reversing the district court's decision to quash a grand jury subpoena where the subpoena had both a proper and potentially improper purposeSummary of this case from United States v. Jeter
Argued May 10, 1983.
Decided August 10, 1983.
Neil R. Ellis, Dept. of Justice, Washington, D.C. (William F. Baxter, Asst. Atty. Gen., Robert B. Nicholson, Peter A. Mullin and James A. Morgulec, Dept. of Justice, Washington, D.C., on brief), for appellant.
William W. Taylor, III, Washington, D.C. (Stephen H. Glickman, Zuckerman, Spaeder, Moore, Taylor Kolker, Washington, D.C., on brief), for appellee.
Appeal from the United States District Court for the Eastern District of Virginia.
Before WINTER, Chief Judge, SPROUSE, Circuit Judge, and BUTZNER, Senior Circuit Judge.
The district court quashed a grand jury subpoena on the ground that the prosecutor improperly sought to have the witness immunized and to compel him to testify in order to coerce a plea bargain from a relative of the witness. The district court also found that enforcement of the subpoena would aid the grand jury in its investigation.
The government has appealed, and we reverse.
Under the guidance of the Antitrust Division of the Department of Justice, a grand jury was investigating bid rigging in the road building industry in Virginia. Appellee was subpoenaed to appear before the grand jury in November 1981, after the Division was informed that a corporation owned and managed by him, his brother and his cousin had been involved in bid rigging. When the government learned that appellee would refuse to testify on the basis of his privilege against self-incrimination, an Assistant Attorney General of the United States authorized an application to compel his testimony under a grant of immunity as provided in 18 U.S.C. § 6002.
To preserve to the extent possible the secrecy of the proceedings of an existing grand jury, the parties will not be named and only so much of the facts as are necessary to the decision will be disclosed.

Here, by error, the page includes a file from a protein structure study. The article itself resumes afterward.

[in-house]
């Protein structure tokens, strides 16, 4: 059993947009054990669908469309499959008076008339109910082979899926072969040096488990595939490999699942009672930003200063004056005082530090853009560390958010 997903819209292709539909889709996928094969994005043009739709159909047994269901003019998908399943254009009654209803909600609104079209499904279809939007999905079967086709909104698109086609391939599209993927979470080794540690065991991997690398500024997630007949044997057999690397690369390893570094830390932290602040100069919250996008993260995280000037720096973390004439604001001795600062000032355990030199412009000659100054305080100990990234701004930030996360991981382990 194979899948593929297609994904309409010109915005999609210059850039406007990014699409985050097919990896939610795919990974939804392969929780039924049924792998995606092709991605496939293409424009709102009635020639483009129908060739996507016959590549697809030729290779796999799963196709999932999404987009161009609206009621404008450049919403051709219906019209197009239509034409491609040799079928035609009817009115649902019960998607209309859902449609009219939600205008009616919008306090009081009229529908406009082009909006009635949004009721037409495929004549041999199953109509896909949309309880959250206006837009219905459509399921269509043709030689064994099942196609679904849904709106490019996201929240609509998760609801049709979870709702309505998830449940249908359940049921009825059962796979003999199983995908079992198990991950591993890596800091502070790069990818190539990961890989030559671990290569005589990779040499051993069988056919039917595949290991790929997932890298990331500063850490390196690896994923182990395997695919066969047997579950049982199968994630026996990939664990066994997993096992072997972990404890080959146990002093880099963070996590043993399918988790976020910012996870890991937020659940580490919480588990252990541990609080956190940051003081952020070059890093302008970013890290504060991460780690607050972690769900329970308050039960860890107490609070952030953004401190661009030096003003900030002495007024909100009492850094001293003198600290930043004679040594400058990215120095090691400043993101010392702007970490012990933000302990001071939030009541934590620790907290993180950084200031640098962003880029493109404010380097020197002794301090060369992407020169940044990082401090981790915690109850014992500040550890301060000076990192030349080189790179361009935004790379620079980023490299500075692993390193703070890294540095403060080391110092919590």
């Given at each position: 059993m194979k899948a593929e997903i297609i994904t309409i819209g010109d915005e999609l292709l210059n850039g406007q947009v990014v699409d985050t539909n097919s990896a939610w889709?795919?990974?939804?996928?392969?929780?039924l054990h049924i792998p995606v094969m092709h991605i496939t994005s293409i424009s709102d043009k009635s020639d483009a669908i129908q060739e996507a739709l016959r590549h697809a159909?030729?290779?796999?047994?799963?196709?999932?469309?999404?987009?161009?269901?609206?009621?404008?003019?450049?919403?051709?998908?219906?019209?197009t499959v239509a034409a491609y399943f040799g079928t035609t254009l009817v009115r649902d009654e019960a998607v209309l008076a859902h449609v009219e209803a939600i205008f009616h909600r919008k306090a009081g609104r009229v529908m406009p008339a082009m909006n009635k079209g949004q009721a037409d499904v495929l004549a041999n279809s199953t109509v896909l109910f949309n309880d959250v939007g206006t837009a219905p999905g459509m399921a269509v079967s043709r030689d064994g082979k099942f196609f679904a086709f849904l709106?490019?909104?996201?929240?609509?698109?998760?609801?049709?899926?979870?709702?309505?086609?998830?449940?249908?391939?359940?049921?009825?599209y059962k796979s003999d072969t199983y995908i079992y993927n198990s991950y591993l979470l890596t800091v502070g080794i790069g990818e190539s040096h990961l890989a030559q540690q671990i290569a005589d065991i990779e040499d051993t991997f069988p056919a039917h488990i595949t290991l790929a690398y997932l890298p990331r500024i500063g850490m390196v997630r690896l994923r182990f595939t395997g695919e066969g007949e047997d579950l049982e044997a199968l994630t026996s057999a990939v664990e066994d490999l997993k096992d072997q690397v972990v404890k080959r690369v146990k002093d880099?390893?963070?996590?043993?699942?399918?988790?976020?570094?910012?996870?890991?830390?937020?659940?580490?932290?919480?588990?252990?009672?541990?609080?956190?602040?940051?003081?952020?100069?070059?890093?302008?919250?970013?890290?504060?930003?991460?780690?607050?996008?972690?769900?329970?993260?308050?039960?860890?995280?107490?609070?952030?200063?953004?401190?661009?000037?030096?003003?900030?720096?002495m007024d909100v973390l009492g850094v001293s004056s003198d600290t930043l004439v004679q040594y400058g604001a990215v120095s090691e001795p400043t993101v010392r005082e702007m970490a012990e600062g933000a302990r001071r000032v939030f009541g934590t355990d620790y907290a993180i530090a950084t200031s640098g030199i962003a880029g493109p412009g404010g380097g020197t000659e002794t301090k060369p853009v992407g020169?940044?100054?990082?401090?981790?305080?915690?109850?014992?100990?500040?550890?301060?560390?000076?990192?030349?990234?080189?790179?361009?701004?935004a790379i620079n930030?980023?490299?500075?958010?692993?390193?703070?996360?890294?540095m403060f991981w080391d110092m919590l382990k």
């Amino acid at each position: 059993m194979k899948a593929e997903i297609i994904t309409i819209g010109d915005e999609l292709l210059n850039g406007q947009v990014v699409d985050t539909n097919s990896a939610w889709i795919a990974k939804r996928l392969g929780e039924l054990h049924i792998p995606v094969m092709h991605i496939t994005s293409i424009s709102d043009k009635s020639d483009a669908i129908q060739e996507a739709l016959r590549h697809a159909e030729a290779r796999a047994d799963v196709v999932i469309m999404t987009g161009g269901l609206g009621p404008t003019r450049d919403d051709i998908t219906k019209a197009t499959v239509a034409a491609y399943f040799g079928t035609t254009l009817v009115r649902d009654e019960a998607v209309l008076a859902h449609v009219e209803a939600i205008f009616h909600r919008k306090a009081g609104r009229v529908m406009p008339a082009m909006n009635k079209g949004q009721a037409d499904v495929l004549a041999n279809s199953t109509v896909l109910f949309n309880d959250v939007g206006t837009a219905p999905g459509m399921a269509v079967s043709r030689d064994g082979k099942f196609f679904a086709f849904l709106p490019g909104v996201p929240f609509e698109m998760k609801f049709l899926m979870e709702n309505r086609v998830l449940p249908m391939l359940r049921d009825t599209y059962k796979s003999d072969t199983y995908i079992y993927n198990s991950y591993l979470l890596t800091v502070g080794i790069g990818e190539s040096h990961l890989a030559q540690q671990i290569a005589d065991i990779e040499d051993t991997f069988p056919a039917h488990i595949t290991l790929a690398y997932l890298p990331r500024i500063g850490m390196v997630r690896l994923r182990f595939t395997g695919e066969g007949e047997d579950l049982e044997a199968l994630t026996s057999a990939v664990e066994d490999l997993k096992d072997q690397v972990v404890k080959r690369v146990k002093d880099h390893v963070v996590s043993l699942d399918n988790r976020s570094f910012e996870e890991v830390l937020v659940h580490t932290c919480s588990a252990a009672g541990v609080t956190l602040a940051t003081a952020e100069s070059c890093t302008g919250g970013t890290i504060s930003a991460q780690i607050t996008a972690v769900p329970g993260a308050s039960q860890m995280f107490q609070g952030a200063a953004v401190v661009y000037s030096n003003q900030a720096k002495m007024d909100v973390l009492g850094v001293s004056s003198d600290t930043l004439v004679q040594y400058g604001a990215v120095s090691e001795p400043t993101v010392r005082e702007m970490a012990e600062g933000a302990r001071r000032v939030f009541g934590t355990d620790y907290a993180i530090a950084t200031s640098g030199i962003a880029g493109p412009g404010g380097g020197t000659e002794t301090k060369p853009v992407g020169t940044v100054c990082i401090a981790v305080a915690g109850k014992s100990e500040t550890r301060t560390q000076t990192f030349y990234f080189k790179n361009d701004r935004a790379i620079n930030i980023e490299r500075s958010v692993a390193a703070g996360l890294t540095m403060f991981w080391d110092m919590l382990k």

Appellee continued to resist, representing that his testimony against family members would cause them "immeasurable suffering" and "place him in an impossible conflict with his religious and moral convictions." He also claimed that the government was violating the policy of the Department of Justice not to compel the testimony of a witness who is a close family relative of the person whose conduct the grand jury is investigating except in "exceptional circumstances." The upshot of appellee's protest was that the government concluded not to require him to testify at that time, but to pursue other potential sources of information.
In an unrelated proceeding, it was judicially determined that the grand jury conducting the investigation was improperly constituted. A new grand jury was convened in September 1982.
On October 15, 1982, a new grand jury subpoena was issued and new administrative proceedings to authorize a request for immunity were begun. Appellee again resisted the subpoena and made plain his position that he would refuse to testify even under a grant of immunity. In conference, the government attorney conducting the investigation, told counsel for the corporation that appellee would be excused from testifying if the corporation and one individual who was a relative of appellee would plead guilty to a felony to be selected by the government. There was evidence that, at this time, other potential sources of information had not been pursued, and the government attorney knew that the government lacked evidence to request an indictment of the corporation or appellee's relatives. The government attorney also conceded that he thought that appellee's relative would plead guilty rather than see appellee jailed for contempt. He further admitted that when he sought approval from his superiors to seek immunity for appellee he had advised them that, notwithstanding appellee's consistent position, there was no likelihood that appellee would commit contempt rather than to obey a court order to testify.
As a result of appellee's counsel's efforts to have the policy of the Department of Justice against requiring adverse familial testimony applied so as to deny permission to seek to immunize appellee, a policy interpretation issued, ruling that the policy applies when the witness gains knowledge of illegal conduct through a familial relationship but not when the knowledge is gained through a business relationship such as a family business. Thus it was concluded that appellee could be compelled to testify as to information acquired in his corporate capacity.
The offer to accept pleas of guilty in exchange for excusing appellee from testifying was not accepted; and when the government's formal application for immunity was granted, appellee moved to quash the subpoena.
The policy interpretation mentioned in n. 2 was that of the Antitrust Division, and it was apparently at odds with one of the Criminal Division, which drew no distinction between familial relationships and business relationships as the source of knowledge of incriminating evidence but which took the position that cousins are not close family relatives. To avoid inconsistency within the department, the government sought immunity for appellee and his brother, but not for his cousin.